Everyone, whether happily in a job or not planning to apply anywhere in the foreseeable future should get into the habit of noting whenever something would be beneficial for their resume. You never know when you will need your resume next. Think about your dream job. If a job opening came up for your dream job, you know, the kind of opportunity you don’t want to miss – would your resume be ready to hand in today?

By noting whenever something new happens, you will keep your resume up to date and ready to go. The physical act of updating your resume on the computer might not be possible (e.g., don’t have access to a computer or are super busy). Instead get into the mindset of noting whenever something would be helpful to land your next job. When you have those thoughts, just grab a pen and jot them down on a copy of your resume or keep important documents (such as certificates, performance reviews, workshop notes) in a folder or binder. Then make a date with yourself to update your resume on the computer every three to six months to keep it current.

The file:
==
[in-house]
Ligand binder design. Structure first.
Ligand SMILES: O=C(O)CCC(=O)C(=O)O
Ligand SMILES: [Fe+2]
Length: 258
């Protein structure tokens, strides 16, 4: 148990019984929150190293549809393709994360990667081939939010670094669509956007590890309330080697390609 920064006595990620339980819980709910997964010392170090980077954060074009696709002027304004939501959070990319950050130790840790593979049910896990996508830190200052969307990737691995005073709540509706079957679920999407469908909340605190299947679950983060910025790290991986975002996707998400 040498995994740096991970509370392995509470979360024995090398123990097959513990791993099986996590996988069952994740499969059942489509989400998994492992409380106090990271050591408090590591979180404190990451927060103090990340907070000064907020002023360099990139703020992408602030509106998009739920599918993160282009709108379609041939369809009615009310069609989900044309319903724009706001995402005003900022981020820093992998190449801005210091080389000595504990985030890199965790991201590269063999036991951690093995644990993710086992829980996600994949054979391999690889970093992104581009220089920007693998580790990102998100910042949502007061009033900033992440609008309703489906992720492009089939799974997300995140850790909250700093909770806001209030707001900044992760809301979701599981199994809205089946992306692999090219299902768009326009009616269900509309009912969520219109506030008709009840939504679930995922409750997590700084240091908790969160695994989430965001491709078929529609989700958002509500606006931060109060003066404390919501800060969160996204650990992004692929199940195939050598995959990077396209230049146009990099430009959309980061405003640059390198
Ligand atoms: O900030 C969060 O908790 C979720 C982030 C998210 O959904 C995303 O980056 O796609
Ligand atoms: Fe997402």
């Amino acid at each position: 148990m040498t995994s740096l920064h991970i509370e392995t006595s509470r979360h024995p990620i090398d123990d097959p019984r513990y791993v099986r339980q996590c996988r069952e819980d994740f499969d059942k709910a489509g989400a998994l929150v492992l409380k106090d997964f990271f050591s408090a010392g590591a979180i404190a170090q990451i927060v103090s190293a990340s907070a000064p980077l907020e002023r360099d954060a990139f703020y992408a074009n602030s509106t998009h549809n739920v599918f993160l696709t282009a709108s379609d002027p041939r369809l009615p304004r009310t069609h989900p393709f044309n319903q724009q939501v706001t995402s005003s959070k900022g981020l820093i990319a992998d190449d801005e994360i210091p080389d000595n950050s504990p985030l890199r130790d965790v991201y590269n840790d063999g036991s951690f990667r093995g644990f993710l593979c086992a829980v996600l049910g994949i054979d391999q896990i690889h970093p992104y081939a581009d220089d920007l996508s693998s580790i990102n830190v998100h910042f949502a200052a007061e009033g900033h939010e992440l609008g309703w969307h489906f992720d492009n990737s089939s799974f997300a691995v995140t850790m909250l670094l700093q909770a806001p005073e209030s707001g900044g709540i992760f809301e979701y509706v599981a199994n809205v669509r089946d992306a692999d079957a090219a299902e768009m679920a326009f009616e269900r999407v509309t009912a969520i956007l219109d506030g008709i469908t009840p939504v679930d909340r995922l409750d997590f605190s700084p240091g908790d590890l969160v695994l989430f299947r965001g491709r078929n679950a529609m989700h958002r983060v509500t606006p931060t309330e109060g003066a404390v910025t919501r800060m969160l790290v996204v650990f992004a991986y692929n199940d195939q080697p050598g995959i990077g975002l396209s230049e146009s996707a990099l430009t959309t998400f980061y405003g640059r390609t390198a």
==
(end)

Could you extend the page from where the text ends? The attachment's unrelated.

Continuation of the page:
Here’s a little story to illustrate my point. Recently I found the ideal job for me. Problem was I hadn’t updated my resume in over three years! I was very busy and the closing date was only a couple hours from when I found the posting. I emailed the hiring manager and sent her a link to my LinkedIn profile, but it was not enough. Not only did I not have a current resume, my LinkedIn profile was out of date too. Turn the clock forward a bit and I got contacted on Twitter with an opportunity for my dream job! Super exciting I know, but I still hadn’t updated my resume! I had spent hours updating my LinkedIn profile which lead to being recruited, but I still had to put my life on hold so I could update my resume and get it in on time.